The New Orleans Saints offense has been virtually unstoppable this season as the team has risen to the very top of the NFL with a (10-1) record and a current 10-game winning streak, and part of the reason for their success has been the key role filled by 2nd year superstar RB and last year's NFL Rookie of the Year Alvin Kamara.
But Kamara — who right now is 2nd in the NFL in total touchdowns with (15) of them (just two behind Rams RB Todd Gurley, who has 17) — could be in for what one might consider an epic 1-on-1 battle at AT&T Stadium in Arlington, Texas (suburban Dallas) this coming week; when he faces young Cowboys superstar and this year's current leading candidate for 2018 Defensive Rookie of the Year: linebacker and former Boise State University star Leighton Vander Esch.
Both players are elite performers at their respective positions — which makes it a "must-see" match-up to watch this Thursday Night.
Whether or not Vander Esch will be able to "Cowboy Up" however, and somehow manage to limit Kamara from doing any major damage against a much-improved Dallas defensive unit, remains to be seen.
Cowboys defensive coordinator Rod Marinelli is almost certain to have his best athlete on defense serve as a "shadow" to cover Kamara where ever he goes, and that athlete is none other than Vander Esch himself.
The Cowboys' top draft pick (#19 overall) in this past year’s 2018 NFL Draft, Vander Esch's ability as a reliably-sure tackler versus Kamara's "shiftiness" and Gayle Sayers-like elusiveness, will be the literal definition of an "instant classic".
One thing that Vander Esch has done well at since emerging as a young superstar in only his very first NFL season, is limiting the YAC (yards after the catch) by opposing running backs, but the 22-year old Riggins, Idaho native (population 419) hasn't faced ANYBODY this season so far quite like Kamara — and the manner in which the Saints utilize him.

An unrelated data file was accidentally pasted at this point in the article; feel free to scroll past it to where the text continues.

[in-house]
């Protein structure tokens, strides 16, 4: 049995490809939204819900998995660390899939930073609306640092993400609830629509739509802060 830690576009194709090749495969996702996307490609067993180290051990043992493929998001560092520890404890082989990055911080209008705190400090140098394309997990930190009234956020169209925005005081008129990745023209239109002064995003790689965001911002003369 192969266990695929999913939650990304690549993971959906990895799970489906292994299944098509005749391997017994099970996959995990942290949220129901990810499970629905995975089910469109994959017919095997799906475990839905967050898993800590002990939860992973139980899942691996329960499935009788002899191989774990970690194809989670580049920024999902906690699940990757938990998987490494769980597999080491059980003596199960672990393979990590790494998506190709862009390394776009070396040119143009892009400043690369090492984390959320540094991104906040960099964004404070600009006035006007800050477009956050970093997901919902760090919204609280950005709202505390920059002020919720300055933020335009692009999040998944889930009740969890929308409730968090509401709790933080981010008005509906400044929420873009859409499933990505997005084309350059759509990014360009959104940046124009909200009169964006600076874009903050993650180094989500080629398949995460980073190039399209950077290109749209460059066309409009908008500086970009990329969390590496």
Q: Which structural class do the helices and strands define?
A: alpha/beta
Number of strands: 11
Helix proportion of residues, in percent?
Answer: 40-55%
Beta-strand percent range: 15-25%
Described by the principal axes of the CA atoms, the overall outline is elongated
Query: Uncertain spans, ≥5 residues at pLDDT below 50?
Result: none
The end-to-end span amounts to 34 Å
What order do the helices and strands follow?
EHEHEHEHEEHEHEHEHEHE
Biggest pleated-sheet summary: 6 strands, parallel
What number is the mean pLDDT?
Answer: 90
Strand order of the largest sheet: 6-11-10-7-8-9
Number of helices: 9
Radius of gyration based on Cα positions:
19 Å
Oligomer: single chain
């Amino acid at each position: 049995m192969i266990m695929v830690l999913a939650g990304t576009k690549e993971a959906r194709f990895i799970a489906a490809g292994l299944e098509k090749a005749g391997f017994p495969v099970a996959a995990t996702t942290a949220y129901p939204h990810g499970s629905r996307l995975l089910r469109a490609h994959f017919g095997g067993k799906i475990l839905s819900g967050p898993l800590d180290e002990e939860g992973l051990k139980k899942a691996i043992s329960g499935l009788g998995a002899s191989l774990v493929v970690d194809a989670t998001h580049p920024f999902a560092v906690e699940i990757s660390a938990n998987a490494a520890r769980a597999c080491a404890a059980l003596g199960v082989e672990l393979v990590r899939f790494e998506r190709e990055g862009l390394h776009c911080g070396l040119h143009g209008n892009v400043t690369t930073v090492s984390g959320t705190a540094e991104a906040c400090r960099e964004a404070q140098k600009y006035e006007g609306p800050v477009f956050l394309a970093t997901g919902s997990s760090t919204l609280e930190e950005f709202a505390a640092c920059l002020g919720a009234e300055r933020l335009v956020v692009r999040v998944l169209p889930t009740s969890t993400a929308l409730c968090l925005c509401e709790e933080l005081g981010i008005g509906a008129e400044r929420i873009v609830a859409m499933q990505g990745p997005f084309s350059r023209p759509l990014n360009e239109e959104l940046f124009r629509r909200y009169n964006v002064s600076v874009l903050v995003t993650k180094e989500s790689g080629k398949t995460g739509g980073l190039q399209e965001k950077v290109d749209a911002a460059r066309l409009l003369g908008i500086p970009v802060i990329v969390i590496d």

Vander Esch has made several highlight-reel plays recently, including one against the Falcons a few weeks back in which he essentially wiped out both a blocker and the ball-carrier on the same play.
He's clearly demonstrated to the Dallas coaching staff that he has a "nose for the football", and appears to have developed a knack for making key plays in the most crucial of moments. Vander Esch leads the team in tackles and is now the sixth Cowboys’ rookie to record at least 100 tackles in a season.
Vander Esch’s first start as a professional however didn't actually come until Week #4 against the Detroit Lions; when he was inserted into the Cowboys line-up when Dallas lost starting linebacker Sean Lee to a recurring hamstring injury-issue that's kept him out of action ever since.
But as fate would have it (and very fortunately from Dallas' perspective): they discovered that Vander Esch perhaps was better than even they thought that he was, and now they not only have the leading candidate for the 2018 NFL Defensive Rookie of the Year award, but the "heir apparent" to Lee as the team's new defensive leader.
After tallying 6 tackles in his debut against Detroit, the following week in the Cowboys' loss to the Houston Texans, Vander Esch had what was his "break out" performance; when he led the team with a whopping 14 tackles; and cementing his place in the starting line-up,
In 11 games this season, Vander Esch has 93 total tackles, two interceptions, 6 PBU's (pass break-ups) and two TFL's (tackles for a loss of yards). He's also the NFL’s leader in solo tackles with 72; and as noted by SB Nation Cowboys Game Day reporter Bobby Belt on Twitter, Vander Esch has only played 73.6% of Dallas’ snaps, which undoubtedly makes that total all the more impressive.
But the numbers honestly don't reflect just how well Vander Esch has played this season, which is at a level uncommon for a rookie (unless of course your name is Alvin Kamara or Marshon Lattimore). One thing that NFL scouts weren't sure about initially was how Vander Esch would adapt to playing at the pro level. but he's been nothing short of phenomenal for Dallas since taking over the reins from the veteran Lee.